The study was published in Research in Developmental Disabilities. Researchers from the McGill University Health Centre wanted to look at the prevalence of behavioral difficulties in young children with cerebral palsy and if comorbidities might be a reason why.
Caregivers of 113 children with CP were asked to complete several questionnaires about their children to see if there was any correlation. In children without CP, behavioral difficulties happen in about 1 in 10 children. Children with CP have a 25.6% chance for behavioral difficulties. The most common problems were problems with peers, followed by emotional symptoms, hyperactivity, and conduct problems.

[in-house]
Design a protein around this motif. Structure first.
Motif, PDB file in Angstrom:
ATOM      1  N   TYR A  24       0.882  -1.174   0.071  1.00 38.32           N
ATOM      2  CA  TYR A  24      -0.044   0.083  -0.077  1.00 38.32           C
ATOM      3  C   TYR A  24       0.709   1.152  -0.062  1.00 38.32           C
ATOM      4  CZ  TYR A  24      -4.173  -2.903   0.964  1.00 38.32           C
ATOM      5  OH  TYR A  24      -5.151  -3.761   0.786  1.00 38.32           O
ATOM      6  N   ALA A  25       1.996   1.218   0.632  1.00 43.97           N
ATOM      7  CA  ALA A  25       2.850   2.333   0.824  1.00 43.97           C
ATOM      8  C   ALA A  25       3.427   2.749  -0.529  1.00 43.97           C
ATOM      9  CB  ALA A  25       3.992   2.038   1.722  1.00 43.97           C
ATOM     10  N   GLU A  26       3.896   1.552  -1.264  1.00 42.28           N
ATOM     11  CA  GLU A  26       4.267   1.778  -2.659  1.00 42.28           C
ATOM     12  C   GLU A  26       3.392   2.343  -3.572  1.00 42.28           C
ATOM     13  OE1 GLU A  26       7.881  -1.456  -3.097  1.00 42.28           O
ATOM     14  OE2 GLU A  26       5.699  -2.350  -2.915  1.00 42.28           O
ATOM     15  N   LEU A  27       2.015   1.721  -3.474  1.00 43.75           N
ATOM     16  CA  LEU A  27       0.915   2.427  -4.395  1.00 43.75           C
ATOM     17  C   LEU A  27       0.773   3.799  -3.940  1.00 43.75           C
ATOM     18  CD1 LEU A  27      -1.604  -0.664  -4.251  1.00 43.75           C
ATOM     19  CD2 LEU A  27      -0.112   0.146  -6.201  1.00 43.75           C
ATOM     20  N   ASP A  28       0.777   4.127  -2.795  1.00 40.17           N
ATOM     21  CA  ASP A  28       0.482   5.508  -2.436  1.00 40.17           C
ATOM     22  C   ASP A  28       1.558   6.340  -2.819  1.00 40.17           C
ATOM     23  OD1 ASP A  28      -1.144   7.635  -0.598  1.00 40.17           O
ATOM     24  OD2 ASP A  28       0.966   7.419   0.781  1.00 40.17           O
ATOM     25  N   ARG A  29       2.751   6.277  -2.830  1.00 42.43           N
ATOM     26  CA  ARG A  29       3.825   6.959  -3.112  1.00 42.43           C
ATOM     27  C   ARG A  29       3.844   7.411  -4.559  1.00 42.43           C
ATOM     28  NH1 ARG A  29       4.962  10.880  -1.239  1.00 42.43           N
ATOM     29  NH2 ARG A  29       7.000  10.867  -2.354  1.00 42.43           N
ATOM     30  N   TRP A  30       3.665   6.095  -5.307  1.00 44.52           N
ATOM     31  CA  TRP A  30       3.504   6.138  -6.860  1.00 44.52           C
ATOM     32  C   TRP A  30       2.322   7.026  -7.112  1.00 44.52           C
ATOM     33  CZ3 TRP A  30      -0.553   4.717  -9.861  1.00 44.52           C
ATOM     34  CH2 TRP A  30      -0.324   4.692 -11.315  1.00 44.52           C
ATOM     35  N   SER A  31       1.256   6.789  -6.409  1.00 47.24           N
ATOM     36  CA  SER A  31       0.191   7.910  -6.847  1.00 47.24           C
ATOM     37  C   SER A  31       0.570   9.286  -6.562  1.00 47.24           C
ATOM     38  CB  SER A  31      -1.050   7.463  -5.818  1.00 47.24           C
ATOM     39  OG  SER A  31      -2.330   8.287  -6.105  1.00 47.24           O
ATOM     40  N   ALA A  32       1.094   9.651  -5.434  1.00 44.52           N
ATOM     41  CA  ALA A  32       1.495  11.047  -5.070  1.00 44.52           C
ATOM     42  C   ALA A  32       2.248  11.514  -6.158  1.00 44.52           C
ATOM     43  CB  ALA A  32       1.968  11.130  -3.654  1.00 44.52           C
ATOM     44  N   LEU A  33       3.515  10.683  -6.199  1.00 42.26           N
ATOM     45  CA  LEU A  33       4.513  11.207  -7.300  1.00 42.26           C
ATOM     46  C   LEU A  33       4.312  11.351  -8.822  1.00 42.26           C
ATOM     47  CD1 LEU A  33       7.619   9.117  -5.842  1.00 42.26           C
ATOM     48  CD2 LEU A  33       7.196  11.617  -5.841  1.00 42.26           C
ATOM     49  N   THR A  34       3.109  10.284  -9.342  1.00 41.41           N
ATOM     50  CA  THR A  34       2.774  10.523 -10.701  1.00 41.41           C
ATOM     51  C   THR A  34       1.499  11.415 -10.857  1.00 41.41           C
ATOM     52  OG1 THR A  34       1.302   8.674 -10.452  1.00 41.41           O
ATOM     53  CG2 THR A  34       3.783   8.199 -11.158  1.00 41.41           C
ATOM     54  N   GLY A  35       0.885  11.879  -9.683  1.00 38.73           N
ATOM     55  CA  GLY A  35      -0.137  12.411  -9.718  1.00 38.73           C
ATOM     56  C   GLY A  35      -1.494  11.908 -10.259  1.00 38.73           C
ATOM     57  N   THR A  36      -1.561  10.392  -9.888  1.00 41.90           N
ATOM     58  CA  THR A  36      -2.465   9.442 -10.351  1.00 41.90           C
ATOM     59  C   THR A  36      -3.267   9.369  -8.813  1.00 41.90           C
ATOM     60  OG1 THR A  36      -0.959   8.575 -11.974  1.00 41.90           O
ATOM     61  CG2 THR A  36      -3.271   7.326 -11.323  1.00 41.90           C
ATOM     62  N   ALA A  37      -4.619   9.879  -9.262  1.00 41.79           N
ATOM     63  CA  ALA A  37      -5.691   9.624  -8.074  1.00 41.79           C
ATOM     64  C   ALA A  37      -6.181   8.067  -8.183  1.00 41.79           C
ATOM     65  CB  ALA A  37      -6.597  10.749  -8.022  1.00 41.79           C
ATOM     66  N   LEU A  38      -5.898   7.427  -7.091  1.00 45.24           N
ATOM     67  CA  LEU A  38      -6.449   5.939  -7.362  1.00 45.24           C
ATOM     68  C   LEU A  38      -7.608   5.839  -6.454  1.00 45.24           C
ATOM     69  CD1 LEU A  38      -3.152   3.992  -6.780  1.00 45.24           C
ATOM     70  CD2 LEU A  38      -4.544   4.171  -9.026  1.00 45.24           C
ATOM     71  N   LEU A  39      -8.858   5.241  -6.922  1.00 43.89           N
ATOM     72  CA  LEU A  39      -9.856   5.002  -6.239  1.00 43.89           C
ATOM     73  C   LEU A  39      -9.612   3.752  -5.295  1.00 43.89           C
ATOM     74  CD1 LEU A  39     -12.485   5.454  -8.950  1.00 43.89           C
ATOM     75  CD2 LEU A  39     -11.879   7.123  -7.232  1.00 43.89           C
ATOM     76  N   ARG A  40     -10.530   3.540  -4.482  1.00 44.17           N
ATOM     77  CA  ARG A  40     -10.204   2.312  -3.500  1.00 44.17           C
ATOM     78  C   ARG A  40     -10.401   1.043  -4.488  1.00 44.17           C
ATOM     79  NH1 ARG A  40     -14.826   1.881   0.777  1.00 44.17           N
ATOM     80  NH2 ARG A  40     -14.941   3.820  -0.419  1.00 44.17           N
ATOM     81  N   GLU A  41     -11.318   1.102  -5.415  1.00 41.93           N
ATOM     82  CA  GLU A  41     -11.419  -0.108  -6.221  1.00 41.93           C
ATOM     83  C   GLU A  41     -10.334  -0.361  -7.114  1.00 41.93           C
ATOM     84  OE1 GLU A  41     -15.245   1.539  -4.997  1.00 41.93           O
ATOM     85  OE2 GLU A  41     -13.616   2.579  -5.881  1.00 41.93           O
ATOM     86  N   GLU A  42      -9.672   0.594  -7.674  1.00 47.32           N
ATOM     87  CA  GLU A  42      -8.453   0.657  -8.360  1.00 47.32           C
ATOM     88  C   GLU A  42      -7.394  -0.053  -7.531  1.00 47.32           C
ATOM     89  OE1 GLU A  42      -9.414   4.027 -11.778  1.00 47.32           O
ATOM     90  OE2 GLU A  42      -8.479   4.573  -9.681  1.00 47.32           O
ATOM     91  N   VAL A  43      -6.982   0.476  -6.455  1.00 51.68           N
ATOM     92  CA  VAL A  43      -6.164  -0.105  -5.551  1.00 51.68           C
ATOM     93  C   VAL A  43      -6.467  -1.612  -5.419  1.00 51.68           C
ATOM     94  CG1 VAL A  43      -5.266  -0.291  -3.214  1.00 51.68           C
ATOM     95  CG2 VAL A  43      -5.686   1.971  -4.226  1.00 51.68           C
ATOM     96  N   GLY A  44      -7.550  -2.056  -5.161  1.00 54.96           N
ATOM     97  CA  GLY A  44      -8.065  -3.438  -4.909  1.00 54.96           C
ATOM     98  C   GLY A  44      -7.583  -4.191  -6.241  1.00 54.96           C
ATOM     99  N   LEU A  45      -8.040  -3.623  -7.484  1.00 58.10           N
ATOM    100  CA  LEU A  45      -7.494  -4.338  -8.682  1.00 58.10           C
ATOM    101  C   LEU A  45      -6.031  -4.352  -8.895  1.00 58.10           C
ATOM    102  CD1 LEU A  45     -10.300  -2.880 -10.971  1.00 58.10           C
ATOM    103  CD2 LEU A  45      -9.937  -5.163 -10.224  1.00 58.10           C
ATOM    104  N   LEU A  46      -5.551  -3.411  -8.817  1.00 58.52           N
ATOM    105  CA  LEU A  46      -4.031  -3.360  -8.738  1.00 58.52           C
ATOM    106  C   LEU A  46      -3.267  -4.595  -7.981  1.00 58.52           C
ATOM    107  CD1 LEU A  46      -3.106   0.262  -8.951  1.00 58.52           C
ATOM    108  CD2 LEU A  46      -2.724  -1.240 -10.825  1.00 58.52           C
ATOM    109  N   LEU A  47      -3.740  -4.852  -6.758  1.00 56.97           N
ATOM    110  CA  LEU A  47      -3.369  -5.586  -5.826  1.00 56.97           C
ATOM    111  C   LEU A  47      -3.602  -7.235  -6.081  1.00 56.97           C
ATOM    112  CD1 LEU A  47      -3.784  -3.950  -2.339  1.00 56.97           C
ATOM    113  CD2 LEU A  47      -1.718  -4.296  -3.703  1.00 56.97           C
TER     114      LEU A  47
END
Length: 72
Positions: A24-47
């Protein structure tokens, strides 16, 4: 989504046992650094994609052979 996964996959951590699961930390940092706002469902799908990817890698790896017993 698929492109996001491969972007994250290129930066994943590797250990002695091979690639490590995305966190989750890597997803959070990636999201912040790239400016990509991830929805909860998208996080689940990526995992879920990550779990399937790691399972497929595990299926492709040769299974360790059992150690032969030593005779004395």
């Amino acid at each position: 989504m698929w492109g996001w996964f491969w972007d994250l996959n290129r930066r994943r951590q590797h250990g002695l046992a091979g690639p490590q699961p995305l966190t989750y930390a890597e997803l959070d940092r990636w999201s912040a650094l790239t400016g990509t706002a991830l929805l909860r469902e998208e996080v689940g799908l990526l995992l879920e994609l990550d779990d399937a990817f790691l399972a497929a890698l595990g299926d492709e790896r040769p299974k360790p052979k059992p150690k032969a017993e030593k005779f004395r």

Comorbidities that caused additional difficulty included sleep problems and nighttime pain. A lack of sleep increased the possibility of behavioral problems by 9.1 times. Nighttime pain increased the chance by 4.1 times.
The researchers concluded that caregivers and medical professionals working with children with CP need to look at sleep issues and night-time pain as part of the care plan. Dealing with these could cause a reduction in behavioral problems in school.
We hope that this information will help caretakers improve the quality of life of people with CP.